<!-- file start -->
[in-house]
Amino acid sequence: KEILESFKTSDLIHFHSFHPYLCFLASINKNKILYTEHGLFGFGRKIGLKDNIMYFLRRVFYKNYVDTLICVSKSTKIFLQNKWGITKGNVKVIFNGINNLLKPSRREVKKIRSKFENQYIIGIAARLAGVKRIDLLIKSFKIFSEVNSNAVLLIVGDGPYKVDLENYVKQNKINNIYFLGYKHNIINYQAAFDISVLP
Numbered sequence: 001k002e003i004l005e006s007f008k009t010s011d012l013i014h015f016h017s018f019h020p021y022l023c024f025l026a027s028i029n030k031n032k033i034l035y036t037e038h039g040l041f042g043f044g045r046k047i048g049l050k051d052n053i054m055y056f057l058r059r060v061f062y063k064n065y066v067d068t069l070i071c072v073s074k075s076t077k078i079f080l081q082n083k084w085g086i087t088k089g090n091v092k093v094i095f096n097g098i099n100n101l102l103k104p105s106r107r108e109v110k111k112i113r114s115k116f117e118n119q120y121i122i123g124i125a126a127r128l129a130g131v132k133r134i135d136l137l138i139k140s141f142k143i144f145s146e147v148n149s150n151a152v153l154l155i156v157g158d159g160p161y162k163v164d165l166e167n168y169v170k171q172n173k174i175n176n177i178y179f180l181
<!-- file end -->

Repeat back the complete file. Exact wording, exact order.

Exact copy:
[in-house]
Amino acid sequence: KEILESFKTSDLIHFHSFHPYLCFLASINKNKILYTEHGLFGFGRKIGLKDNIMYFLRRVFYKNYVDTLICVSKSTKIFLQNKWGITKGNVKVIFNGINNLLKPSRREVKKIRSKFENQYIIGIAARLAGVKRIDLLIKSFKIFSEVNSNAVLLIVGDGPYKVDLENYVKQNKINNIYFLGYKHNIINYQAAFDISVLP
Numbered sequence: 001k002e003i004l005e006s007f008k009t010s011d012l013i014h015f016h017s018f019h020p021y022l023c024f025l026a027s028i029n030k031n032k033i034l035y036t037e038h039g040l041f042g043f044g045r046k047i048g049l050k051d052n053i054m055y056f057l058r059r060v061f062y063k064n065y066v067d068t069l070i071c072v073s074k075s076t077k078i079f080l081q082n083k084w085g086i087t088k089g090n091v092k093v094i095f096n097g098i099n100n101l102l103k104p105s106r107r108e109v110k111k112i113r114s115k116f117e118n119q120y121i122i123g124i125a126a127r128l129a130g131v132k133r134i135d136l137l138i139k140s141f142k143i144f145s146e147v148n149s150n151a152v153l154l155i156v157g158d159g160p161y162k163v164d165l166e167n168y169v170k171q172n173k174i175n176n177i178y179f180l181